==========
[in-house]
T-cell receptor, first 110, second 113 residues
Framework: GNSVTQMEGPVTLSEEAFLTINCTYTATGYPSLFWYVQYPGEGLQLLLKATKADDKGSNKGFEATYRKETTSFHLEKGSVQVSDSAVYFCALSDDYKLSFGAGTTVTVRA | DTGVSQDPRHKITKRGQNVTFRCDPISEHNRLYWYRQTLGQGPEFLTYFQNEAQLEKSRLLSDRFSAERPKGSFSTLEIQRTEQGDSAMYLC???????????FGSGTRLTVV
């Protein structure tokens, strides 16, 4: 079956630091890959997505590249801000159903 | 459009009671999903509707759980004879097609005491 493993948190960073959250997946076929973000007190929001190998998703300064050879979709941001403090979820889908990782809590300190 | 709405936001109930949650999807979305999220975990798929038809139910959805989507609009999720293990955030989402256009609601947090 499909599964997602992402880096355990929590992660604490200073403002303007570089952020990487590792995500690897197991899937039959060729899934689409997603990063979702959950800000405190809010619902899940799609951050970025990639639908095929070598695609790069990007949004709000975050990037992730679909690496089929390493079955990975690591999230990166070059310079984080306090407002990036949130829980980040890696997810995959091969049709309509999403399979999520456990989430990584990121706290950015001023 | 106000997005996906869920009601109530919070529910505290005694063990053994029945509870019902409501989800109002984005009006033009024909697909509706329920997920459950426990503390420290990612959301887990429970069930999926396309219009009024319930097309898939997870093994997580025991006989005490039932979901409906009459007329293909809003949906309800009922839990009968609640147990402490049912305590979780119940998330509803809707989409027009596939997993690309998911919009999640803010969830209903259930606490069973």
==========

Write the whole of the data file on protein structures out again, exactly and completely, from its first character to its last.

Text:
[in-house]
T-cell receptor, first 110, second 113 residues
Framework: GNSVTQMEGPVTLSEEAFLTINCTYTATGYPSLFWYVQYPGEGLQLLLKATKADDKGSNKGFEATYRKETTSFHLEKGSVQVSDSAVYFCALSDDYKLSFGAGTTVTVRA | DTGVSQDPRHKITKRGQNVTFRCDPISEHNRLYWYRQTLGQGPEFLTYFQNEAQLEKSRLLSDRFSAERPKGSFSTLEIQRTEQGDSAMYLC???????????FGSGTRLTVV
């Protein structure tokens, strides 16, 4: 079956630091890959997505590249801000159903 | 459009009671999903509707759980004879097609005491 493993948190960073959250997946076929973000007190929001190998998703300064050879979709941001403090979820889908990782809590300190 | 709405936001109930949650999807979305999220975990798929038809139910959805989507609009999720293990955030989402256009609601947090 499909599964997602992402880096355990929590992660604490200073403002303007570089952020990487590792995500690897197991899937039959060729899934689409997603990063979702959950800000405190809010619902899940799609951050970025990639639908095929070598695609790069990007949004709000975050990037992730679909690496089929390493079955990975690591999230990166070059310079984080306090407002990036949130829980980040890696997810995959091969049709309509999403399979999520456990989430990584990121706290950015001023 | 106000997005996906869920009601109530919070529910505290005694063990053994029945509870019902409501989800109002984005009006033009024909697909509706329920997920459950426990503390420290990612959301887990429970069930999926396309219009009024319930097309898939997870093994997580025991006989005490039932979901409906009459007329293909809003949906309800009922839990009968609640147990402490049912305590979780119940998330509803809707989409027009596939997993690309998911919009999640803010969830209903259930606490069973």